Overdoses plummet under successful drug treatment program
A new treatment program has dramatically curbed drug deaths and hospitalizations in California prisons, The Associated Press reports.
Drug overdose deaths dropped 58% and hospitalizations decreased 48% since the program began in 2020, the prison administration reports.
The Integrated Substance Use Disorder Treatment program involves medications that reduce cravings and euphoria and relieve withdrawal symptoms.
Steadily rising overdoses in California prisons prompted the state to adopt the controversial approach of using drugs to combat drug use. At the urging of lawmakers and treatment providers, prison officials first experimented with anti-craving drugs in 2016 with a pilot program of 60 prisoners.
In 2020, after their initial, tentative success, prison officials began expanding the program, using buprenorphine, naltrexone and methadone to wean addicts off dangerous opioids such as heroin and fentanyl. The program also incorporates a Cognitive Behavior Therapy treatment model with mental health professionals to facilitate long-term recovery.
Program participants take the anti-craving drugs either by injection or as a dissolvable strip placed under the tongue, and are required to submit to routine drug testing to assure compliance, the April 26 story stated. Clark Kelso, the court-appointed receiver who oversees medical care in California prisons, said the program’s results were “a step in the right direction.”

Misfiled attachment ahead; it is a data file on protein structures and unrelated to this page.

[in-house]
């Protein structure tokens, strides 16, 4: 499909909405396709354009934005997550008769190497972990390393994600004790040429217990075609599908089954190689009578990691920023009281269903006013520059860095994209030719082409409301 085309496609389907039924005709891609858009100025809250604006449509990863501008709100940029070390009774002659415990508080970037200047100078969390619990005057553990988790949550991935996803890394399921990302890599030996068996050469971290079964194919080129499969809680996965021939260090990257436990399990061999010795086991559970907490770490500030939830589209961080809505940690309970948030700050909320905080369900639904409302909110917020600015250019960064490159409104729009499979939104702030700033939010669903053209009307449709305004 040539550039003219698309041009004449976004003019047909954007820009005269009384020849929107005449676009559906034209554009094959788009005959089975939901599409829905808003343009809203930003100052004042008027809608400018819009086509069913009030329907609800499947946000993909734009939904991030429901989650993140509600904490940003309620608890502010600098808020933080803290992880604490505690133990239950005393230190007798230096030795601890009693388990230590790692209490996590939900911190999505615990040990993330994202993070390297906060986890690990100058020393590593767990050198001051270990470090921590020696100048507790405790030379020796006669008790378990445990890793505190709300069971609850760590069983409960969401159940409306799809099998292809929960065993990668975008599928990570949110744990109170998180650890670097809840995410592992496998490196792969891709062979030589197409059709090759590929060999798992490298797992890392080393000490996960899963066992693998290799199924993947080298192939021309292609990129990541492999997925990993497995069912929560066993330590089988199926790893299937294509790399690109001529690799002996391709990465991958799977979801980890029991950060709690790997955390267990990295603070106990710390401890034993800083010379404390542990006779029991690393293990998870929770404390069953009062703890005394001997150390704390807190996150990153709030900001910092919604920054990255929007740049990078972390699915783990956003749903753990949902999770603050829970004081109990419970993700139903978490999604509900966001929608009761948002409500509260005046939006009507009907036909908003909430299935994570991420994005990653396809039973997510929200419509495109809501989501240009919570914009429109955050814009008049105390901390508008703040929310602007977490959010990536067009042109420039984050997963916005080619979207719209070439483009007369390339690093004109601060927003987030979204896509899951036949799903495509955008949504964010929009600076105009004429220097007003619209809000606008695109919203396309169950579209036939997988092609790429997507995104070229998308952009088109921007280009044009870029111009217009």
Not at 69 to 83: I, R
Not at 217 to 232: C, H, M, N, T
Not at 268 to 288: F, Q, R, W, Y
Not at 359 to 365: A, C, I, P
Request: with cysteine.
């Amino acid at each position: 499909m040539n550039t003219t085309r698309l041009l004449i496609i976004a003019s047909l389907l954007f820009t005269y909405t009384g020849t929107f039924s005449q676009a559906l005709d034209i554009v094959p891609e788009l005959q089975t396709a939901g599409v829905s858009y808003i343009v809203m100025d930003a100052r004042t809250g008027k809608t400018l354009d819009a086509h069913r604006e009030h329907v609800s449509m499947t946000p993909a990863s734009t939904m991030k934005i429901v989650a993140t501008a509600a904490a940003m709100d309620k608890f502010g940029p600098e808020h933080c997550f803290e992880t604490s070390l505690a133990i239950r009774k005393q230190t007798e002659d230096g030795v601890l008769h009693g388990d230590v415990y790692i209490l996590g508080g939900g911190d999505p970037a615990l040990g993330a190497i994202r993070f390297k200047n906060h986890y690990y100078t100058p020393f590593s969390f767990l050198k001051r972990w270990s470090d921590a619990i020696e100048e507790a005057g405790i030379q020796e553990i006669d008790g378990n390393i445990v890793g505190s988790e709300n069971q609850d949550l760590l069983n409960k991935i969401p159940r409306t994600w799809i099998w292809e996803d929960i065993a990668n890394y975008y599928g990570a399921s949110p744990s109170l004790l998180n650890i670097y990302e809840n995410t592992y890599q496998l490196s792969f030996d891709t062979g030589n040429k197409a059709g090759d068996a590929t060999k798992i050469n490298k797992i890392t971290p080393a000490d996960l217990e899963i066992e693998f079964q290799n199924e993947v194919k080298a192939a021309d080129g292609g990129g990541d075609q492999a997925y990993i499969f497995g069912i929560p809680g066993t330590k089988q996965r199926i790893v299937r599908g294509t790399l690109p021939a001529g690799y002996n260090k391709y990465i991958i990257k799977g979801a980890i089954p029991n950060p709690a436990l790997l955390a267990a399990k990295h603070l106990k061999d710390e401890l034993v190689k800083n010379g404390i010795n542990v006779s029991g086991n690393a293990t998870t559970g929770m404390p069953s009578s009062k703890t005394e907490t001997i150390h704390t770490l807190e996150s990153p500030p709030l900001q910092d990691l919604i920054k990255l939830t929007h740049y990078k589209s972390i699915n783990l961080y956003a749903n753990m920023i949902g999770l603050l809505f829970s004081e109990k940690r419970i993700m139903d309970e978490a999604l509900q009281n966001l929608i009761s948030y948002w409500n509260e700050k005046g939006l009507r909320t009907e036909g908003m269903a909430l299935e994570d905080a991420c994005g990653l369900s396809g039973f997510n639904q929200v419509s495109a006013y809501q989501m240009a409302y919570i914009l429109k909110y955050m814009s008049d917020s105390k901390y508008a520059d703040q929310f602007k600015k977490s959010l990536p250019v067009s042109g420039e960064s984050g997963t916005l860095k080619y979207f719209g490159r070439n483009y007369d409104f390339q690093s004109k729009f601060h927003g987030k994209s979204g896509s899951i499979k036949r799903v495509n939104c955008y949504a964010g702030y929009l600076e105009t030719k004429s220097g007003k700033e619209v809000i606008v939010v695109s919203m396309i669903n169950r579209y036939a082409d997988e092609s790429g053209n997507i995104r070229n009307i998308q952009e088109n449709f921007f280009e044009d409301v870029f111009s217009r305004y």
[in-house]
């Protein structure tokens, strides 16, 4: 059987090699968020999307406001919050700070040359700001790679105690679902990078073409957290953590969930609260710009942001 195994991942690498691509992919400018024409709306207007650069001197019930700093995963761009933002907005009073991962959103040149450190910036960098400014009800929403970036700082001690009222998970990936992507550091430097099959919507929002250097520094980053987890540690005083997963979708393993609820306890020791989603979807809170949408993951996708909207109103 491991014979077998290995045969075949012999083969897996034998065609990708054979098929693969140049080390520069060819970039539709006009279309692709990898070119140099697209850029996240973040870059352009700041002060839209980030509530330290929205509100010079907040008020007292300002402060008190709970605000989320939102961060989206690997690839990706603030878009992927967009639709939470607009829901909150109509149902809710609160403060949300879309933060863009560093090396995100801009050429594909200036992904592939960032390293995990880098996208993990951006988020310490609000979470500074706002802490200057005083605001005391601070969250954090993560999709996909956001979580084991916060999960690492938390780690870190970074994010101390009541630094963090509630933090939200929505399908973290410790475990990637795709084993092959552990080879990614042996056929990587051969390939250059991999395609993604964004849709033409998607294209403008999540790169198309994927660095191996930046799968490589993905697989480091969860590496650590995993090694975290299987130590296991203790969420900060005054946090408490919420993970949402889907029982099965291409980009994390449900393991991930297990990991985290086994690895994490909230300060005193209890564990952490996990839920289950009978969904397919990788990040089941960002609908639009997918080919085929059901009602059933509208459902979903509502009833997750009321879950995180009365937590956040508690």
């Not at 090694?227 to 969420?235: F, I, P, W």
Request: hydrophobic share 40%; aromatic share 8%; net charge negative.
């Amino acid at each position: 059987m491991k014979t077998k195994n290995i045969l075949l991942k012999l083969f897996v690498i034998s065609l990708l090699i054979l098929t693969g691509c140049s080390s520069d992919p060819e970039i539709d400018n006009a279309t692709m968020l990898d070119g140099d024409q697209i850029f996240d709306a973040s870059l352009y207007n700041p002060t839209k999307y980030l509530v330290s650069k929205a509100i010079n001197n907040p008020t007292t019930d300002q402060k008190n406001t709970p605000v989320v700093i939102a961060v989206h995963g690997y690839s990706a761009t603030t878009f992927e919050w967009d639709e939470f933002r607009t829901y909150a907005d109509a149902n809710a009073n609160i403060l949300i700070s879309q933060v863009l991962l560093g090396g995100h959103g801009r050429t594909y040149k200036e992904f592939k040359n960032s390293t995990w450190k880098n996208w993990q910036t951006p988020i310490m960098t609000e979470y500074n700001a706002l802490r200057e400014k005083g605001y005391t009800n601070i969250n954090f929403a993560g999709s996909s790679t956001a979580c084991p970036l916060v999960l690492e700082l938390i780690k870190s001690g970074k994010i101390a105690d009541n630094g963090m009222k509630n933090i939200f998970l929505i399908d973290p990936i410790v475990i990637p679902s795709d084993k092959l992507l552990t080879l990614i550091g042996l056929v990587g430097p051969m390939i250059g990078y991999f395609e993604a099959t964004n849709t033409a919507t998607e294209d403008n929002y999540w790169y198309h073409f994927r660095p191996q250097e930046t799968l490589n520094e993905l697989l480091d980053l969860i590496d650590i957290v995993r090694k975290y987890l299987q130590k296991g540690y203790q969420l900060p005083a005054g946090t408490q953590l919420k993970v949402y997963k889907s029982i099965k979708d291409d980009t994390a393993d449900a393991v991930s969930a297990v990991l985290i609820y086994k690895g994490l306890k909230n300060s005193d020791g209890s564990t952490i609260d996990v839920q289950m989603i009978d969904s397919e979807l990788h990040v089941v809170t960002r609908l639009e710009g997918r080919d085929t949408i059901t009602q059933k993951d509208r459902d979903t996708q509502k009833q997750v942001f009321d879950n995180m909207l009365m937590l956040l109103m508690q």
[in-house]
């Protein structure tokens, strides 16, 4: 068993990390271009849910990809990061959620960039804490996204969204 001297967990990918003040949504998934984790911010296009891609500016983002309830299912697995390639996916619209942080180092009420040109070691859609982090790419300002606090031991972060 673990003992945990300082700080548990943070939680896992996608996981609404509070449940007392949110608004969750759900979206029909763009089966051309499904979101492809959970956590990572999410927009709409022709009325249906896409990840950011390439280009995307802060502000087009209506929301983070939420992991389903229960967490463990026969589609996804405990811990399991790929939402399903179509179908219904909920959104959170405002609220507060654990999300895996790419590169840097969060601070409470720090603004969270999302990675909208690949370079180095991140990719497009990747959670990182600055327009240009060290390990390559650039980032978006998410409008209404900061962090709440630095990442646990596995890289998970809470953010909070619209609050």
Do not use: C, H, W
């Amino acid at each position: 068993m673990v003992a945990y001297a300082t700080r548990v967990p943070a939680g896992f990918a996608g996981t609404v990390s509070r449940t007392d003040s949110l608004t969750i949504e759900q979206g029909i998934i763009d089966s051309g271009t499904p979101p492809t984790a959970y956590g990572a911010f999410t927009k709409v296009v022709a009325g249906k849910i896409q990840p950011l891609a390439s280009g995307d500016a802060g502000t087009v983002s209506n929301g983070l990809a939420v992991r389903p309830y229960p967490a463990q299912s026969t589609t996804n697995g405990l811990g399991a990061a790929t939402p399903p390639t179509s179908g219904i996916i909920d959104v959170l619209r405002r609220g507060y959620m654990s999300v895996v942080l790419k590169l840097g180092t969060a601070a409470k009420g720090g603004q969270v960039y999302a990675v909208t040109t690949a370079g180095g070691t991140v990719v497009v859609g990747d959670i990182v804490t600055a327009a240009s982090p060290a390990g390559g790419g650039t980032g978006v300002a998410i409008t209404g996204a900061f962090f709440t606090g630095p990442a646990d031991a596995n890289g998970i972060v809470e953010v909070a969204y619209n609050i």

In 2019, drug overdoses ranked third in prisoners’ causes of death, with a record-high of 51 deaths per 100,000 inmates. By 2020, that ranking fell to eighth, with 21 deaths — the lowest number in nine years. This positive trend has continued, even post-COVID as prisons begin to restore visitation and prisoner programming, while other states’ prison systems saw no significant changes in overdose rates during or following the pandemic.
An estimated 65% of California prisoners suffer from drug or alcohol addiction, prompting Gov. Gavin Newsom to budget $126.6 million for substance abuse treatment in the 2022-2023 fiscal year, and $162.5 million yearly thereafter.
California treats over 22,600 incarcerated addicts, more than any other state in the nation, AP reported.
In addition, officials are working to expand treatment options for prisoners serving shorter sentences, and to increase transitional resources and continuity of care upon parole, thereby increasing public safety during reentry.
Officials expect to eventually treat about a quarter of the state’s prison population, 25,000 annually, having a positive impact on prisoner health, while reducing drug trafficking and violence in prison. There remains a backlog of tens of thousands of prisoners waiting to be screened for the program, although as treatment opportunities have grown over the last two years, the program’s waitlist has shrunk.
Don Specter, the Prison Law Office’s executive director, said the program’s achievements speak for themselves.
“I’m not surprised at the results, because it’s been proven to be effective therapy that saves lives and reduces crime,” Specter said.